As we become increasingly reliant on technology many of us spend a large amount of time looking at computers, televisions and smart phones. This is causing poor neck posture and lack of dynamic movement which can lead to a dysfunctional neck.

The reason for this is that as the neck becomes more dysfunctional there is an increase of stress onto the joints and muscles leading to stiffness and pain. Long term dysfunction of the neck can even lead to conditions such as headaches, migraines or shoulder and arm pain caused by irritation of the spinal nerves.

Earlier this week a photographer released pictures showing just how much we use our phones and tablets in everyday life. It’s interesting to highlight the poor postures that people can adopt - notice all the heads are looking down? This will only add more pressure onto the neck.  The post also highlights the psychosocial aspect of being technology dependent, which is food for thought in regards to overall wellbeing. After all, we should all try and have a digital detox from time to time.

Of course technology is extremely useful and is only going to become more integral in our lives. We just need to make sure we keep our bodies happy and healthy with lots of movement! It’s important that we counteract these poor postures by spending more time being physically active and seeking Chiropractic care if needed.

How can Chiropractic help?

Neck pain is one of the most common reasons why people seek Chiropractic care. Chiropractors look into restoring the function of the neck through spinal adjustments, massage and exercises. They also take into consideration the whole body, ergonomics and lifestyle factors.

Common neck complaints include:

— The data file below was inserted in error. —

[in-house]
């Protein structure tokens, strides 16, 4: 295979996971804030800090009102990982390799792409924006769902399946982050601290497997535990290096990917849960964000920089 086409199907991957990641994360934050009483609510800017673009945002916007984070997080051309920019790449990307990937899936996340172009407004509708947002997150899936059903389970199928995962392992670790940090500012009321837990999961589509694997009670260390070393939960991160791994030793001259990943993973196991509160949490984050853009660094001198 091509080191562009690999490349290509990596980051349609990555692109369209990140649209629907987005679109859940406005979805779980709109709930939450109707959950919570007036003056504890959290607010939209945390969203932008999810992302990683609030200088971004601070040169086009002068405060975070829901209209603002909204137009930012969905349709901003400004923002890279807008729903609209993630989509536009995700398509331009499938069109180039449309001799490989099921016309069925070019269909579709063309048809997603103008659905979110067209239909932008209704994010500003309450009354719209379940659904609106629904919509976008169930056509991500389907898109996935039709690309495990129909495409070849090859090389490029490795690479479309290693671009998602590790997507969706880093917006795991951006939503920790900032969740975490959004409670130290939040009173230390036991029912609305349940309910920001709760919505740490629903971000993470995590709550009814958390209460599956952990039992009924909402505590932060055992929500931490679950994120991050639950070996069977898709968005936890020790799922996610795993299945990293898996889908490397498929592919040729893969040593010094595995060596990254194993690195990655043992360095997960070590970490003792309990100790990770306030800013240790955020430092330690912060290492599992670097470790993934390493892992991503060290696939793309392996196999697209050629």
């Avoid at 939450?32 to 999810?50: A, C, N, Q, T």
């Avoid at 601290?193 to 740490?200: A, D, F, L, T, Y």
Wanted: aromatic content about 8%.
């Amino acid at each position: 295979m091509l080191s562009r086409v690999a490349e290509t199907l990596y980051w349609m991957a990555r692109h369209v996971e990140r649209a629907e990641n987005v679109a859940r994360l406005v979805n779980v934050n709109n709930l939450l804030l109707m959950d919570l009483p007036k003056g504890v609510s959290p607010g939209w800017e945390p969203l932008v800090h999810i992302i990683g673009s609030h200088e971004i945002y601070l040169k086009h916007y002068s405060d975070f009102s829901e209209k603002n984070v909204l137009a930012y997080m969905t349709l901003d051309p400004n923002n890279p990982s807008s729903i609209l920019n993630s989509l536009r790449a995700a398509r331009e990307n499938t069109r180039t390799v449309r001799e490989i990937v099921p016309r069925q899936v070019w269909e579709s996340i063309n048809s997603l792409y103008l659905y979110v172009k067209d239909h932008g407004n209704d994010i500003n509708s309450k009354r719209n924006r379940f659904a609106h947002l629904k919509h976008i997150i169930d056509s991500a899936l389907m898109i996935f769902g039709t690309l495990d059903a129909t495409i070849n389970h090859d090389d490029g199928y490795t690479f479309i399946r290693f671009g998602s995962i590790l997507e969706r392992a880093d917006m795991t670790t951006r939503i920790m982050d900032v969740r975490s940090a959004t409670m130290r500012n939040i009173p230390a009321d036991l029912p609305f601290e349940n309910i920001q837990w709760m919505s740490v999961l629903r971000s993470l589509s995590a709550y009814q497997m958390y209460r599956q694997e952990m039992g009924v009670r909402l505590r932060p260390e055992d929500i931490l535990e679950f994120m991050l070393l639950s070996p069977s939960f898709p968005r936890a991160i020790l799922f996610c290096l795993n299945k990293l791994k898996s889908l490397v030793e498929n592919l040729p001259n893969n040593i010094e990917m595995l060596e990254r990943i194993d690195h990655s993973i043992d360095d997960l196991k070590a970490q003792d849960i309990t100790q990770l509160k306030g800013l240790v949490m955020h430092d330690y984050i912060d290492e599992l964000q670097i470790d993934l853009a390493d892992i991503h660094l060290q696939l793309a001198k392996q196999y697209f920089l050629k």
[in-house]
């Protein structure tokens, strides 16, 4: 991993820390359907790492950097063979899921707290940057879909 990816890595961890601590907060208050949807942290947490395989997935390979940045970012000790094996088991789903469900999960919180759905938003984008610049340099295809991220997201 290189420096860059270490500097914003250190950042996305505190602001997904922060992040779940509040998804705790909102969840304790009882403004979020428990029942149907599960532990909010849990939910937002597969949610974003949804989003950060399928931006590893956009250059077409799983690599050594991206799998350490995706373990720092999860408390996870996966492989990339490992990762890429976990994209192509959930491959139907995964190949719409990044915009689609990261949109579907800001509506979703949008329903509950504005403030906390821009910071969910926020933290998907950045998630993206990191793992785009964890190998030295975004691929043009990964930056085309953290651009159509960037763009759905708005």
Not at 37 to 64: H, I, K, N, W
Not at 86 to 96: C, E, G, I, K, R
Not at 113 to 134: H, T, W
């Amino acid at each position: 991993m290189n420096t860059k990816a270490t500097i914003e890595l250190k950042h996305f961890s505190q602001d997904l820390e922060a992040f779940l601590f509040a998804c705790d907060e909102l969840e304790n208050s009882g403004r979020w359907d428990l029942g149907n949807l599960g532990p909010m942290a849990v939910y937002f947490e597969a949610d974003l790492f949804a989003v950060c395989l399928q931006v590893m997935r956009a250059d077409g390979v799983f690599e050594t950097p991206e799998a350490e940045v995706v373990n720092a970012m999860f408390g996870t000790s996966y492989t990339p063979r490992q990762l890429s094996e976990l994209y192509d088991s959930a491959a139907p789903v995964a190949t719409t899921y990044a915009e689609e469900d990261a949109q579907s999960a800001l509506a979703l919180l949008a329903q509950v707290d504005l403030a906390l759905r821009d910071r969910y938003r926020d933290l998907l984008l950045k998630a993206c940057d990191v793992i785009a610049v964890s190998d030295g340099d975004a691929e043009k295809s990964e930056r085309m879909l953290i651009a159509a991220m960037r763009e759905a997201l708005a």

·         Acute neck injury and/or arm pain (e.g., whiplash)

·         Poor ergonomic/postural stiffness and pain

·         Osteoarthritis related stiffness and pain

·         Acute pseudotorticollis (severe painful limitation of all neck movement)

·         Headaches

Remember pain only occurs during the latter stages of dysfunction. Stiffness is also just a lower form of pain. It is best to prevent the pain from happening in the first place through being active, better ergonomics and getting chiropractic adjustments.    

Written by Simon Leung, Chiropractor at the Honor Oak Wellness Rooms

Research supporting chiropractic care for neck pain:
In a study funded by NIH’s National Center for Complementary and Alternative Medicine to test the effectiveness of different approaches for treating mechanical neck pain, 272 participants were divided into three groups that received either spinal manipulative therapy (SMT) from a doctor of chiropractic (DC), pain medication (over-the-counter pain relievers, narcotics and muscle relaxants) or exercise recommendations. After 12 weeks, about 57 percent of those who met with DCs and 48 percent who exercised reported at least a 75 percent reduction in pain, compared to 33 percent of the people in the medication group. After one year, approximately 53 percent of the drug-free groups continued to report at least a 75 percent reduction in pain; compared to just 38 percent pain reduction among those who took medication. -- Bronfort et al. (2012), Annals of Internal Medicine